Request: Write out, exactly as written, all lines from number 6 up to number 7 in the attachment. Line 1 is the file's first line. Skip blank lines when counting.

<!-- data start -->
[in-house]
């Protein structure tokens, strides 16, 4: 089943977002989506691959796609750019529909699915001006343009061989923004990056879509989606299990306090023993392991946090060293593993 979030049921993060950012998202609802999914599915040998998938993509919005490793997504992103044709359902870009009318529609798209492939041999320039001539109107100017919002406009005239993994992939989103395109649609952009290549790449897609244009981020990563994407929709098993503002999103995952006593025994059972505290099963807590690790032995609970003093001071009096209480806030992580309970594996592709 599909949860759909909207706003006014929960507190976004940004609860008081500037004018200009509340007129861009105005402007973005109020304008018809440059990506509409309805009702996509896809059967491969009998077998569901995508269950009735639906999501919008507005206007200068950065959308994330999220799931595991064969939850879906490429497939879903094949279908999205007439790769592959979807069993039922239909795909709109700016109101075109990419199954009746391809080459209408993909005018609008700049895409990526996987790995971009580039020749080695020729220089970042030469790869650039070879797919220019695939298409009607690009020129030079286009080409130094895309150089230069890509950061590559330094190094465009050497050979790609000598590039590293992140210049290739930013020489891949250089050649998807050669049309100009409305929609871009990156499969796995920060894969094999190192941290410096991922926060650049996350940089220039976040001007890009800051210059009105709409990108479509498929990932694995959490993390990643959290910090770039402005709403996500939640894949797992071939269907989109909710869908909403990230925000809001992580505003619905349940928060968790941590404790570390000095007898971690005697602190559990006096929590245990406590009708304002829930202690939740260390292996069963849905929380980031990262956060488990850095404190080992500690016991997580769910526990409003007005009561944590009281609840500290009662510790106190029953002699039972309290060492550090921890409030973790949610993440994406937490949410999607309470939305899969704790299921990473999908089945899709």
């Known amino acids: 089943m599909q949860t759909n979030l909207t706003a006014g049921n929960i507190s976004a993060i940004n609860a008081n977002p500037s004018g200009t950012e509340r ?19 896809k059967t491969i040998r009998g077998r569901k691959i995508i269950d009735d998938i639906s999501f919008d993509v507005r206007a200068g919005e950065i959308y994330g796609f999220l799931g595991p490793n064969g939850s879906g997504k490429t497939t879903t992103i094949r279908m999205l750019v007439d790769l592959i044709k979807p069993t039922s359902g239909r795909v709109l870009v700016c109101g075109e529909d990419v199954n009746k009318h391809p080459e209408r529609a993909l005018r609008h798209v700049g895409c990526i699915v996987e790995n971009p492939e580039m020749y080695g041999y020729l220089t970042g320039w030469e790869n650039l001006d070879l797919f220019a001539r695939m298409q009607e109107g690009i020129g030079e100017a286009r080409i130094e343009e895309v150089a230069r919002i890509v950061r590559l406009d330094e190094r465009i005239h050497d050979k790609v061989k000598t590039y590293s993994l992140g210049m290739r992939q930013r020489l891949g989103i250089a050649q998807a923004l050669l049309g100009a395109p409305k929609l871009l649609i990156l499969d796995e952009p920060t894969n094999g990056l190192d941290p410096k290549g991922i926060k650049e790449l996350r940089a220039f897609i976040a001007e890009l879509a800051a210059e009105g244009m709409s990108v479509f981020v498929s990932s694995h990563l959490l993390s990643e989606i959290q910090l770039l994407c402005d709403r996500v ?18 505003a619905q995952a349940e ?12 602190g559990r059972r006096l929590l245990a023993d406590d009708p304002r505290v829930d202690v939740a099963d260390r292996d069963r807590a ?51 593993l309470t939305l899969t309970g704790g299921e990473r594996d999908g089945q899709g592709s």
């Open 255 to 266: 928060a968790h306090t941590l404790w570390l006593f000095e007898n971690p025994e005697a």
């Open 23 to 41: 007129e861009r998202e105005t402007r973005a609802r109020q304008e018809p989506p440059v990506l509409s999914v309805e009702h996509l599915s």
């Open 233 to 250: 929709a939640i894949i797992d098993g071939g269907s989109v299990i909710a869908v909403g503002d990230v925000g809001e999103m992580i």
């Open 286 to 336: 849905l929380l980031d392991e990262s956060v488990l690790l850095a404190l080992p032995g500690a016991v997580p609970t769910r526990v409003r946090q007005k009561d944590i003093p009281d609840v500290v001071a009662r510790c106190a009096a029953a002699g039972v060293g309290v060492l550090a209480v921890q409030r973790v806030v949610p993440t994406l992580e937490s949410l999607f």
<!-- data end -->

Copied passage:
């Open 233 to 250: 929709a939640i894949i797992d098993g071939g269907s989109v299990i909710a869908v909403g503002d990230v925000g809001e999103m992580i």
């Open 286 to 336: 849905l929380l980031d392991e990262s956060v488990l690790l850095a404190l080992p032995g500690a016991v997580p609970t769910r526990v409003r946090q007005k009561d944590i003093p009281d609840v500290v001071a009662r510790c106190a009096a029953a002699g039972v060293g309290v060492l550090a209480v921890q409030r973790v806030v949610p993440t994406l992580e937490s949410l999607f």